Our return to Israel isn’t a sideshow but impacts the broader trajectory of human history. In 1973, the internationalization of the Arab Israeli conflict reinforced our belief that this struggle over our land is a central element of a larger historical calculus.
The Yom Kippur War was the last war fought on Israeli soil. Though we still live with the threat of terror and still face constant missile barrages, our homeland hasn’t suffered actual warfare since 1973. The Torah announces that if we adhere to divine will “no sword shall pass through our land,” and over the past 50 years, in the absence of war, our land and its infrastructure have flourished.
Furthermore, the war of 1973 was the prelude to our gradual détente with most of the Arab world. The war demonstrated that even when disadvantaged by a surprise attack, we could not be dislodged from Israel. Our neighbors were left with only one credible option: to normalize relations and accept us into this region. Over the past 50 years we have gradually signed peace treaties with much of the Arab world.
The Yom Kippur War both stabilized our borders and consolidated our hard-earned diplomatic acceptance. This international acceptance, still under construction, is an essential part of the divine project to advance history. The Yom Kippur War was instrumental to that goal.
Courage and Heroism
We have always fought courageously to protect our homeland. The nightmare of the Holocaust and the horror of Jewish persecution taught us about the necessity of a Jewish homeland. As we have no place to run, we stubbornly defend our homeland. Our tenacity always provided us with a military advantage as Arab armies were an invading force, but we were defending our homeland. Without courage and heroism our state could not be born nor defended.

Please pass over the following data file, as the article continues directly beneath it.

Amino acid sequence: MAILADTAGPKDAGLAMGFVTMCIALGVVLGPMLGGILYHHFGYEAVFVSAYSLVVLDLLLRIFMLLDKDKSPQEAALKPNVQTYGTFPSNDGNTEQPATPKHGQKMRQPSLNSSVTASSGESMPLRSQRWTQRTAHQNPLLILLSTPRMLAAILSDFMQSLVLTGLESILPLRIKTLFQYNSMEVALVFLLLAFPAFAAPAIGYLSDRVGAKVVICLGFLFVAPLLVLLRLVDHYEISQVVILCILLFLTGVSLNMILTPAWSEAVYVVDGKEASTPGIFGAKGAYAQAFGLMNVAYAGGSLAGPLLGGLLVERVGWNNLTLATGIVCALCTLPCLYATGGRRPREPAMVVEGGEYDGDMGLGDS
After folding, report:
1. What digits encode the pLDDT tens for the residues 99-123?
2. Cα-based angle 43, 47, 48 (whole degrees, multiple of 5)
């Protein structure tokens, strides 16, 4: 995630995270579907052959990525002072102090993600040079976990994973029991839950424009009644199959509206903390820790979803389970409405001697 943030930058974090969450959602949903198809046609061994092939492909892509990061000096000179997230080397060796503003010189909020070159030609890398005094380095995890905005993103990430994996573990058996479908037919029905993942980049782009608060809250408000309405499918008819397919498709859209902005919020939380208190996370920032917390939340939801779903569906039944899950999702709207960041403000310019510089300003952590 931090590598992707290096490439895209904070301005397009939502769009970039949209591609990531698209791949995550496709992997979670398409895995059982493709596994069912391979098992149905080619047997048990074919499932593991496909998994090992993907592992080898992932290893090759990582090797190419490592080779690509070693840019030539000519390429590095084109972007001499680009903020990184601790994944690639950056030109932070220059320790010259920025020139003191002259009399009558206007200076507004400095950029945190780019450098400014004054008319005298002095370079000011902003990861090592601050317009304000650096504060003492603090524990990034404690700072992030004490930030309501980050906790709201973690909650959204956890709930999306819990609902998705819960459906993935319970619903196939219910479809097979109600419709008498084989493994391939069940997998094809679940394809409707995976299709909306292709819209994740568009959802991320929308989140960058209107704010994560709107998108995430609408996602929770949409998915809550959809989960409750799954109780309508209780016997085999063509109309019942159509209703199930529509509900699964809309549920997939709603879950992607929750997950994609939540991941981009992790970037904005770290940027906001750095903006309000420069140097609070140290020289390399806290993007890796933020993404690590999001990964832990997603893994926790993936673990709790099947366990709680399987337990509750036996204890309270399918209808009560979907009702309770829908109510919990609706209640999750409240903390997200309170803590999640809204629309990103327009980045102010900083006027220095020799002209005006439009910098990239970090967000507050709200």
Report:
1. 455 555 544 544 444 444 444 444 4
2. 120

However, the bravery of 1973 far surpassed mere courage. The first wave of soldiers, who battled during the initial dire days of the war knew that they faced incalculable odds and stood a good chance of never returning. Small groups of soldiers doggedly held off overwhelming columns of tanks and infantry, allowing our reservists a chance to regroup and launch a successful counteroffensive. They fought knowing that their death was likely. This war returned us to the battles of Chanukah, many in the hands of few. Hashem planted patriotism, self-sacrifice and fearless dedication to our people within every single Jewish heart. Religious Jews must learn to recognize this divine spirit even when it isn’t clothed in classic religious garments.
An Army for Religious Soldiers
Religious Israelis have always defended our homeland, but during this war, for the first time, they served in distinctly religious army units. In the aftermath of the Six Day War, religious frameworks combining Torah study and army service, such as hesder, were popularized, and the Yom Kippur War showcased the dedication and patriotism of newly minted soldier/scholars. Tank units, which bore the heavy brunt of the fierce battles, were composed of significant numbers of religious soldiers, many of whom lost their lives.
Since this war, serving in the IDF has become incorporated into the lives of many religious Israelis as an essential part of their religious experience and moral duty. Religious soldiers typically demonstrate high levels of motivation to what they see as a religious calling. The Yom Kippur War served as the debut of religious units of soldiers protecting our homeland.
Along with the tears and sorrow, these are some of the religious implications of a very complex and often confusing war.
The writer is a rabbi at Yeshivat Har Etzion/Gush, a hesder yeshiva. He has semicha and a BA in computer science from Yeshiva University as well as a masters degree in English literature from the City University of New York.